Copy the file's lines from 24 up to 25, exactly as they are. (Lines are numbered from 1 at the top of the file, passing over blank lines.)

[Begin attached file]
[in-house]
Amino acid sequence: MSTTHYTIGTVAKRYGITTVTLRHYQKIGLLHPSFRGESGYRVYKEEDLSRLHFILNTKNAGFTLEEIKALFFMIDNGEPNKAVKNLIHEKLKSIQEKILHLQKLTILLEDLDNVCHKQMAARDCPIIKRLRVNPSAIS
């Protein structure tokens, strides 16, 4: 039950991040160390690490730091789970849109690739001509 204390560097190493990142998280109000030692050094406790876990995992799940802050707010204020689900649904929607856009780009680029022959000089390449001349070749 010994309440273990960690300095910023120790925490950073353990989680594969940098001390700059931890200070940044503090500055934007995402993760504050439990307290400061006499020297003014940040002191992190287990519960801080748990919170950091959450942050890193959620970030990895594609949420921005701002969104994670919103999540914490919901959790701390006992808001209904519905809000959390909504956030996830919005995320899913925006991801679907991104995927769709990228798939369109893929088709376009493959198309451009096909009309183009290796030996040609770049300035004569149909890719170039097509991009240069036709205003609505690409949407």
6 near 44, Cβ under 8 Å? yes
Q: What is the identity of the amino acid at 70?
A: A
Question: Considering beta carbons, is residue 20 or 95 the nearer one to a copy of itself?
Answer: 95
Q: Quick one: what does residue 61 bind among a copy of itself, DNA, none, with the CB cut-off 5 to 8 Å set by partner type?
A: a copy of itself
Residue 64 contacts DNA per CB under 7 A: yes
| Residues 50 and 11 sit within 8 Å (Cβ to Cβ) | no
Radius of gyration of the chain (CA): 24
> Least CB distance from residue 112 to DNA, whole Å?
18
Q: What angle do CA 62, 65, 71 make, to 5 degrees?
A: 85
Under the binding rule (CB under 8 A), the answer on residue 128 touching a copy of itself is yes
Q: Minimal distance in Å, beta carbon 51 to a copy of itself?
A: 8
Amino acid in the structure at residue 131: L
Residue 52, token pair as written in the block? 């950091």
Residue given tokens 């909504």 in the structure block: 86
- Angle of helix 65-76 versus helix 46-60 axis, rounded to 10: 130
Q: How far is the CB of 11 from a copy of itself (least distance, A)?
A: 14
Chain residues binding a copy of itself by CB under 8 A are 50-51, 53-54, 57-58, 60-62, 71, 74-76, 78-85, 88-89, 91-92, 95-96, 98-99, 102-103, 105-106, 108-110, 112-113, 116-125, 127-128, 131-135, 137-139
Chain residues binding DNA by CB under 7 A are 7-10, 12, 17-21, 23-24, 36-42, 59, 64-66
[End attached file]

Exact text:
- Angle of helix 65-76 versus helix 46-60 axis, rounded to 10: 130
Q: How far is the CB of 11 from a copy of itself (least distance, A)?